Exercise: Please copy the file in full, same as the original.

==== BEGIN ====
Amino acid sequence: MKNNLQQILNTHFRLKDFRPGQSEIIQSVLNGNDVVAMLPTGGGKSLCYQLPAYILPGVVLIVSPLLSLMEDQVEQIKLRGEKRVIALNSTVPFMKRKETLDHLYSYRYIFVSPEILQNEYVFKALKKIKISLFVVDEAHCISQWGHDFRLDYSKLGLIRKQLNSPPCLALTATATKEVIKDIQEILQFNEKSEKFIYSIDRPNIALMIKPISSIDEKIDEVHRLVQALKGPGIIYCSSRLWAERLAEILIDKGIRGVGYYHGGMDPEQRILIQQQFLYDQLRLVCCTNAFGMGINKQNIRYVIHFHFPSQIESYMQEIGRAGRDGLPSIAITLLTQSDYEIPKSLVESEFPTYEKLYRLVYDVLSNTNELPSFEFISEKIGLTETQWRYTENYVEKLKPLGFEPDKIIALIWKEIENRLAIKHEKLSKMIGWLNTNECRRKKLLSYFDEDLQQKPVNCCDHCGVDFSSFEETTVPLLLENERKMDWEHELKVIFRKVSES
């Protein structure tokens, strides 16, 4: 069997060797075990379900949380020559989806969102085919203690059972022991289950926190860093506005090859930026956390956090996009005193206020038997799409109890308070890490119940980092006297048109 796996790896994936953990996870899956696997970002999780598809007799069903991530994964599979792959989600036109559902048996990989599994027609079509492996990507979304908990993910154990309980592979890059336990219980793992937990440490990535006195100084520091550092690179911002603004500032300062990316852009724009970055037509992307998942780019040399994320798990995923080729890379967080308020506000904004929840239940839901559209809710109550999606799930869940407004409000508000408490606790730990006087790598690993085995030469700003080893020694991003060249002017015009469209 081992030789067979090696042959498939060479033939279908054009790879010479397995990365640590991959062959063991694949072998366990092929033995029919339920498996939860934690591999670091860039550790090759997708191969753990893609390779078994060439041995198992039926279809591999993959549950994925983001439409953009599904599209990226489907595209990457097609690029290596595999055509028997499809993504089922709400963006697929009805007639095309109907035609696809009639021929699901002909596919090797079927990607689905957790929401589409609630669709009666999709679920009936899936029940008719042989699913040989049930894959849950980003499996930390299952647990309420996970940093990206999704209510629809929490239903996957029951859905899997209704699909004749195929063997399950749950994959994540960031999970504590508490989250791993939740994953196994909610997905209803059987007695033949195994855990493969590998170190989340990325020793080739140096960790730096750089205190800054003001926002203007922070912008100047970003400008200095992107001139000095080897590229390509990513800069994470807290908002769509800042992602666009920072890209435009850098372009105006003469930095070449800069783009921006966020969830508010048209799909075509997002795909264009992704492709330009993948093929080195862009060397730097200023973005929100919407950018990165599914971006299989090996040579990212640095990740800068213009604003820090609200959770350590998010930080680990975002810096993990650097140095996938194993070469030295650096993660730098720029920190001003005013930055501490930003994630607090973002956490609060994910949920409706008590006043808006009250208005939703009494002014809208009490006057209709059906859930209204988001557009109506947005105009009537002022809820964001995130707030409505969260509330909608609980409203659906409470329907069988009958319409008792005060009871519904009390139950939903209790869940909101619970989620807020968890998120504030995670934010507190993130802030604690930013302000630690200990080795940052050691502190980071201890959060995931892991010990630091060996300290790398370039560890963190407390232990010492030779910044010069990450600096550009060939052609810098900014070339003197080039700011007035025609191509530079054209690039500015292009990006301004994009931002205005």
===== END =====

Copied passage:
Amino acid sequence: MKNNLQQILNTHFRLKDFRPGQSEIIQSVLNGNDVVAMLPTGGGKSLCYQLPAYILPGVVLIVSPLLSLMEDQVEQIKLRGEKRVIALNSTVPFMKRKETLDHLYSYRYIFVSPEILQNEYVFKALKKIKISLFVVDEAHCISQWGHDFRLDYSKLGLIRKQLNSPPCLALTATATKEVIKDIQEILQFNEKSEKFIYSIDRPNIALMIKPISSIDEKIDEVHRLVQALKGPGIIYCSSRLWAERLAEILIDKGIRGVGYYHGGMDPEQRILIQQQFLYDQLRLVCCTNAFGMGINKQNIRYVIHFHFPSQIESYMQEIGRAGRDGLPSIAITLLTQSDYEIPKSLVESEFPTYEKLYRLVYDVLSNTNELPSFEFISEKIGLTETQWRYTENYVEKLKPLGFEPDKIIALIWKEIENRLAIKHEKLSKMIGWLNTNECRRKKLLSYFDEDLQQKPVNCCDHCGVDFSSFEETTVPLLLENERKMDWEHELKVIFRKVSES
């Protein structure tokens, strides 16, 4: 069997060797075990379900949380020559989806969102085919203690059972022991289950926190860093506005090859930026956390956090996009005193206020038997799409109890308070890490119940980092006297048109 796996790896994936953990996870899956696997970002999780598809007799069903991530994964599979792959989600036109559902048996990989599994027609079509492996990507979304908990993910154990309980592979890059336990219980793992937990440490990535006195100084520091550092690179911002603004500032300062990316852009724009970055037509992307998942780019040399994320798990995923080729890379967080308020506000904004929840239940839901559209809710109550999606799930869940407004409000508000408490606790730990006087790598690993085995030469700003080893020694991003060249002017015009469209 081992030789067979090696042959498939060479033939279908054009790879010479397995990365640590991959062959063991694949072998366990092929033995029919339920498996939860934690591999670091860039550790090759997708191969753990893609390779078994060439041995198992039926279809591999993959549950994925983001439409953009599904599209990226489907595209990457097609690029290596595999055509028997499809993504089922709400963006697929009805007639095309109907035609696809009639021929699901002909596919090797079927990607689905957790929401589409609630669709009666999709679920009936899936029940008719042989699913040989049930894959849950980003499996930390299952647990309420996970940093990206999704209510629809929490239903996957029951859905899997209704699909004749195929063997399950749950994959994540960031999970504590508490989250791993939740994953196994909610997905209803059987007695033949195994855990493969590998170190989340990325020793080739140096960790730096750089205190800054003001926002203007922070912008100047970003400008200095992107001139000095080897590229390509990513800069994470807290908002769509800042992602666009920072890209435009850098372009105006003469930095070449800069783009921006966020969830508010048209799909075509997002795909264009992704492709330009993948093929080195862009060397730097200023973005929100919407950018990165599914971006299989090996040579990212640095990740800068213009604003820090609200959770350590998010930080680990975002810096993990650097140095996938194993070469030295650096993660730098720029920190001003005013930055501490930003994630607090973002956490609060994910949920409706008590006043808006009250208005939703009494002014809208009490006057209709059906859930209204988001557009109506947005105009009537002022809820964001995130707030409505969260509330909608609980409203659906409470329907069988009958319409008792005060009871519904009390139950939903209790869940909101619970989620807020968890998120504030995670934010507190993130802030604690930013302000630690200990080795940052050691502190980071201890959060995931892991010990630091060996300290790398370039560890963190407390232990010492030779910044010069990450600096550009060939052609810098900014070339003197080039700011007035025609191509530079054209690039500015292009990006301004994009931002205005």